• Character change reveals lesson: Alta changes her attitude towards Charmaine and in doing so gets the banner to the parade on time–also learning something about teamwork.
  • Cross-genre work: Using Wilma Unlimited by Kathleen Krull, readers can work to compare the lessons learned from Wilma Rudolph’s real life to the lessons learned from this work of fiction.


I hope you enjoy this book as much as I did!   Happy Reading!


Posted in Thematic Spotlights

The Best Books for Back to School

The first weeks of school are tough.   We’re tired.  The kids are tired.  We’re trying to get 20, 25, 30 (or more!) small people to move in a common direction, both physically and mentally.  The expression “herding cats” floats through our brains with frightening frequency.  We’re trying to set up routines and procedures that will keep our kids safe  and productive all year, and at the same time, we are trying to establish warm, engaging classroom culture where every student feels known and loved.


This is why, for me, Read Aloud is so important in the first weeks of school.  It’s the time when kids can relax a bit, not having to worry about the right way to head a paper, get into a line, or ask for a new pencil.  They know what to do during a read aloud.

It’s also so important because we use stories to create a vision of what we want our classroom communities to be.  A place where Lilly can make mistakes and fix them with an apology and an interpretive dance.  A place where Swimmy learns that teamwork can you get out of a tough spot.  A place where EVERYONE can learn to ride a bicycle (or cement their growth mindsets, at least).

So, with that, here is the non-exhaustive list of the best books for back to school!

Growth Mindset

Chris Raschka’s Everyone Can Learn to Ride a Bicycle feels like it was written for the exact purpose of introducing the idea of growth mindset and persistence to children.  It chronicles the journey of an unnamed character learning to ride a bicycle.  There are small successes and many bumps in the road, but in the end with continued practice and hard work, it happens!

You’ll undoubtedly ask your students to do many things that won’t come easily this year.  Make this little cyclist your mascot, and you’ll remind students that even when things get bumpy, persistence will lead to success.  (Bonus Book: If you want to teach students how their brains develop and learn new things, I suggest Your Fantastic Elastic Brain by JoAnn Deak, PhD.)


We dream of classrooms where our students not only notice each other’s feelings, but also take great care with them.  We know, though, that this is not always their first instinct.  Leonardo can relate.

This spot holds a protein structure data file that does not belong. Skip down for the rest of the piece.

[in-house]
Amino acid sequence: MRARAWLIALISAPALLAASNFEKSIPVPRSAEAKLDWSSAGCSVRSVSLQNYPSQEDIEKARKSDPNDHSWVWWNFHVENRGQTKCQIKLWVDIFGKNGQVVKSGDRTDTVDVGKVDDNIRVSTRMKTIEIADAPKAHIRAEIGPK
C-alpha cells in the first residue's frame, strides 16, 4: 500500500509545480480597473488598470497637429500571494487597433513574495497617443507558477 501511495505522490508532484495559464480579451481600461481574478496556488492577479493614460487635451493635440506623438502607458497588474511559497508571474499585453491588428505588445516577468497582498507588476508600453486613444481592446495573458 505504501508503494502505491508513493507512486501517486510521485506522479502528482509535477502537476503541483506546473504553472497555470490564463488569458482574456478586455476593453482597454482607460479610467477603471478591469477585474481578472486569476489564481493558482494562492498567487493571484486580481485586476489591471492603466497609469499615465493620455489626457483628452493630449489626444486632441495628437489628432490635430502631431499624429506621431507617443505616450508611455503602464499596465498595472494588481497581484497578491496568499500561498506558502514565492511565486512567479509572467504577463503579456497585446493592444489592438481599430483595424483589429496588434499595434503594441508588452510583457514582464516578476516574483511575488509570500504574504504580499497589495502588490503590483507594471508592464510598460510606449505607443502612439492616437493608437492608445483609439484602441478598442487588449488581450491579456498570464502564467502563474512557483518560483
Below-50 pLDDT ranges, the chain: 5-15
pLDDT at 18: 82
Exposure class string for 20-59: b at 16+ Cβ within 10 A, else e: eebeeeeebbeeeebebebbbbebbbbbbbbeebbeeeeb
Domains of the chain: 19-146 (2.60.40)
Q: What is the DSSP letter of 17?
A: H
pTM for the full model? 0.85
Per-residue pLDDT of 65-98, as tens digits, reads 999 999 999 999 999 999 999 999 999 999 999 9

In Mo Willems’ Leonard0 the Terrible MonsterLeonardo dreams of being a truly terrible, terrifying monster.  He is not.  He develops the ingenious plan of finding the biggest scaredy-cat of a kid and scaring the “tuna salad out of him.”   It turns out that this is not quiet as satisfying as Leonardo would have hoped.  He makes the decision to be not a terrible monster, but instead, a really good friend.  Let’s all be like Leonardo.

Learning to Read (and more Growth Mindset!)

Much like Leonardo, the titular character in Becky Bloom’s Wolf!  wants to scare the other characters in the book.  Unfortunately for him, the farm animals who are his targets are too busy reading to pay his scary howls any mind.   Wolf decides he will also learn to read.

It is a slow process in which Wolf returns to the farm several times before he truly proves himself a reader. Wolf struggles to read complex words, read at an appropriate rate, and read with the expression of a storyteller.   With practice in school, at the library, and with his very own storybook, he gets it.    Students will be able to relate!

Making Mistakes

 Lilly.  Oh, how I love Lilly.  In Kevin Henke’s classic, Lilly’s Purple Plastic Purse, Lilly struggles to delay the gratification of showing off her new purple plastic purse (it plays music for cryin’ out loud!).    When her teacher Mr. Slinger holds onto to it for her, she takes some regrettable action in retribution.

Lilly makes a mistake, but Mr. Slinger accepts her apology and suggests, yes, an interpretive dance that makes everyone feel better. If only all classroom conflicts were resolved thus!   Use this book to normalize the making of mistakes, and to build the understanding that we can always fix our mistakes.

Teamwork Makes the Dream Work

Leo Lionni’s Swimmy is the story of a little black fish who uses quick thinking and his own unique characteristics to rally a school of little red fish to fend off a big, bad predator.

Use this book to help students understand that being different can be a good thing, and that working together can make even the the most insurmountable problems solvable.

Happy Reading and Happy Back to School to all!